Llama.cpp is an implementation of Meta’s LLaMA architecture in C/C++. It’s one of the most active open-source communities around LLM inference.
Why did llama.cpp become the Schelling point around LLM inference? Why not the official Python implementation by Meta? Why not something written in Tensorflow, PyTorch, or another machine learning framework rather than a bespoke one?
Runs everywhere. Llama.cpp was originally a CPU-only library. CPU-only meant magnitudes less code to work with. Writing it in C++ also means that it could be easily imported into higher-level languages via bindings. Go bindings power ollama (because Go is one of the easiest languages to write a good CLI tool in). Support later came for Apple Silicon and GPU frameworks. But CPU-first was clearly the best way to get llama.cpp in the hands of developers quickly (and in as many places as possible).
Schelling point for low-level features. Just like LangChain subsumed every high-level LLM feature (like chain-of-thought and RAG), llama.cpp has done that for low-level features. ReLLM and ParserLLM found their way into llama.cpp (and for what it’s worth, they are in LangChain as well) (see this initial PR in llama.cpp). It’s hard to know what will be important, so many features end up in the library. Over time, some of these will be difficult to maintain and will probably need to find a new home.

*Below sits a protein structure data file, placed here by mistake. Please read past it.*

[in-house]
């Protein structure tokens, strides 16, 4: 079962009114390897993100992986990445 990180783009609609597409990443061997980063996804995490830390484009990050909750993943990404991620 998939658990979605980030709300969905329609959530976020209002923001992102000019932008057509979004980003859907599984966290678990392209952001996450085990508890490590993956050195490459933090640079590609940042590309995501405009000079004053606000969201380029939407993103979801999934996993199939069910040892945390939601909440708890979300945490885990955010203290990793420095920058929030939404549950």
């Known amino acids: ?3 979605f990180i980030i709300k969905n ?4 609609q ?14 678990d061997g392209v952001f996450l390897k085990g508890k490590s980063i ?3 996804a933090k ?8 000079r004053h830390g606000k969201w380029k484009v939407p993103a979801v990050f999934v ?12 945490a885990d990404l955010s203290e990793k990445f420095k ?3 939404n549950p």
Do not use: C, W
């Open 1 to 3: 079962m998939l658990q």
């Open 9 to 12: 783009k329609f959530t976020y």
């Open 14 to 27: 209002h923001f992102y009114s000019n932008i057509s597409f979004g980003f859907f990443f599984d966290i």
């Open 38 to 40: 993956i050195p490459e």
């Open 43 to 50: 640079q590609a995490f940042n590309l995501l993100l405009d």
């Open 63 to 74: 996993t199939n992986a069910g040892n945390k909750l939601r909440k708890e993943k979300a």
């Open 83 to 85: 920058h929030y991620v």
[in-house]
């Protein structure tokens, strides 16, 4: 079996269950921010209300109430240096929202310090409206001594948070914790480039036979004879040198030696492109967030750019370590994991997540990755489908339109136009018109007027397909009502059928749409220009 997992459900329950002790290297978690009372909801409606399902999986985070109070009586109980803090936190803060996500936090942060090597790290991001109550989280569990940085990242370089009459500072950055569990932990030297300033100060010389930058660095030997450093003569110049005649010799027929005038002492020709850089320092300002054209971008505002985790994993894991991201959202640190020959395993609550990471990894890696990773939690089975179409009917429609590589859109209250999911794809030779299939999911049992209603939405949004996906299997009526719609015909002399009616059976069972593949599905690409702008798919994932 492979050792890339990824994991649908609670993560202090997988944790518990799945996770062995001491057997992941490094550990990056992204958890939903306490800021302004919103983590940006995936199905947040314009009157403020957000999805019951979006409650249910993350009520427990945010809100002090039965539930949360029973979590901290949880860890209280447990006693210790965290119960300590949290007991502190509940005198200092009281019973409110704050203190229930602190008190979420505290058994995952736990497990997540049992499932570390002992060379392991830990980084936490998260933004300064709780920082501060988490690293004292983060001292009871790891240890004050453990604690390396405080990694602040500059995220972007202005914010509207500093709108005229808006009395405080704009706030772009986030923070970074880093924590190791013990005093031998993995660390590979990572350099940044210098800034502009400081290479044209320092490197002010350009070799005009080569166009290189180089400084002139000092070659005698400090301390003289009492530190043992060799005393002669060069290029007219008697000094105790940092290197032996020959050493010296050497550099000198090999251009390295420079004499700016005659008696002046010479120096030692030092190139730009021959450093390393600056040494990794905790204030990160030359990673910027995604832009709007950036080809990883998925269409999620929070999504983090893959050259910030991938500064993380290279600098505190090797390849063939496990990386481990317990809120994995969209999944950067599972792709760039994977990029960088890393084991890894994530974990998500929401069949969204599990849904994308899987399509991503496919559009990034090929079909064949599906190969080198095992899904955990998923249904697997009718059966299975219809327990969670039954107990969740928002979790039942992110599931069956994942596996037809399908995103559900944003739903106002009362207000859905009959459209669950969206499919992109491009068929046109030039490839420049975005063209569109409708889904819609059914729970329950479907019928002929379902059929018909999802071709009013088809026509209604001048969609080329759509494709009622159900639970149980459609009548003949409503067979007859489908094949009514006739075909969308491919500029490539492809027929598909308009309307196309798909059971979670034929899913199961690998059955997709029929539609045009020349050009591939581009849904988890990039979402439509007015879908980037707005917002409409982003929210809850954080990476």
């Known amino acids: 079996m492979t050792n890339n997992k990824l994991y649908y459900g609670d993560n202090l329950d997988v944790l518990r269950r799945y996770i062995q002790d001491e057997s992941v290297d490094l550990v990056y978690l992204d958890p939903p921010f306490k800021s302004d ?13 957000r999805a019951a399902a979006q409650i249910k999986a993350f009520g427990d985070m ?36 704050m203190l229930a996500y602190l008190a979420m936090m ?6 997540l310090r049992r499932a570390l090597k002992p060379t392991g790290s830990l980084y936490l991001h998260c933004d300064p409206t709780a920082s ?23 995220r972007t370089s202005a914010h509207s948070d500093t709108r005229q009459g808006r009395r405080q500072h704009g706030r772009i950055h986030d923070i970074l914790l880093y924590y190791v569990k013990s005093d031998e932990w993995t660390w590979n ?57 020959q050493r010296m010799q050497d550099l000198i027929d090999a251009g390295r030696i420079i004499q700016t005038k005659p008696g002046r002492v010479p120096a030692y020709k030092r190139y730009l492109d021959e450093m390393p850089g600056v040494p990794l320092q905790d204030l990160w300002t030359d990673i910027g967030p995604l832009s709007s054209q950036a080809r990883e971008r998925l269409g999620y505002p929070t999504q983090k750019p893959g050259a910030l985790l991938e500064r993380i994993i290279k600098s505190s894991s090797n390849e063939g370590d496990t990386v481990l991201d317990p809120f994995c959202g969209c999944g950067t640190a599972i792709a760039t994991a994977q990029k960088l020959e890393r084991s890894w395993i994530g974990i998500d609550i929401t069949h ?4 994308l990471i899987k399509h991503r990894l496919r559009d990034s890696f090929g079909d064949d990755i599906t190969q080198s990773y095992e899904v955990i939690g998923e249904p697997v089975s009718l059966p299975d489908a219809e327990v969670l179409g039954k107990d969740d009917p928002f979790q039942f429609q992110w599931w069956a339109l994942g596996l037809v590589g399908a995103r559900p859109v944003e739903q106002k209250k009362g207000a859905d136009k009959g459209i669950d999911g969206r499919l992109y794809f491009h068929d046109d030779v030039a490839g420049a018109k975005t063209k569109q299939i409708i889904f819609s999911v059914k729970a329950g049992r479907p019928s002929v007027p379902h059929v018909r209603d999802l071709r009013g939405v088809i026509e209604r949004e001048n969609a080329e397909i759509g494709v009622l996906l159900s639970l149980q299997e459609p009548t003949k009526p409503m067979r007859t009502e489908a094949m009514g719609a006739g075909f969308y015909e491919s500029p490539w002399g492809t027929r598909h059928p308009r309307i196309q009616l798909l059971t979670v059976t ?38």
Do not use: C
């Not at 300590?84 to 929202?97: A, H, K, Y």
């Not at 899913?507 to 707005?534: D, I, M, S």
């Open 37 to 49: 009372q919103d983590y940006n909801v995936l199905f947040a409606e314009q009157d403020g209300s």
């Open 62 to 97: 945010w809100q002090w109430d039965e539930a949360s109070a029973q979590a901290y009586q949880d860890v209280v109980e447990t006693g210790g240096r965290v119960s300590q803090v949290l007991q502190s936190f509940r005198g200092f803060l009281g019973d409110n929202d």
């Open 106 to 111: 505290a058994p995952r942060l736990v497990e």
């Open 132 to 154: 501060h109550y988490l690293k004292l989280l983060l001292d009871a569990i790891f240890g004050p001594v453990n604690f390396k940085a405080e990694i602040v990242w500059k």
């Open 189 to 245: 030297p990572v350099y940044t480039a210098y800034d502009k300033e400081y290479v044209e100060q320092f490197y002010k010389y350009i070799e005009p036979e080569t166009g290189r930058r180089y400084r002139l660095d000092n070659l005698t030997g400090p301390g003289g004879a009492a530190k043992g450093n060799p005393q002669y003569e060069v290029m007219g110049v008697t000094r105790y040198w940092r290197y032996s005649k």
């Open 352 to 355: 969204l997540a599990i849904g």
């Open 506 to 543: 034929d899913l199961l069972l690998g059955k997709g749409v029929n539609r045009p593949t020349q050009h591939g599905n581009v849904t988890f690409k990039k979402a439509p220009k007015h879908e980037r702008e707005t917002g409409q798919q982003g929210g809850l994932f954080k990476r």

Custom model format (“library lock-in”). GGML/GGUF is a custom format for quantized models. GGML is a one-way transformation — once you quantize your models you can’t unquantize them. GGML models only work with llama.cpp (although it’s all open-source so you could write your own). It was a necessary development (since llama.cpp doesn’t use something like PyTorch) that had some strategic implications.
Bet on the right horse (llama). While other libraries like HuggingFace transformers are general purpose, llama.cpp was able to focus on a single model architecture. This meant all sorts of optimizations. GGML only worked for Llama models (until GGUF, its replacement, came along). The developer, George Gerganov, had done a similar binding a few months earlier for OpenAI’s text-to-speech Whisper model, which was successful but not on the same scale.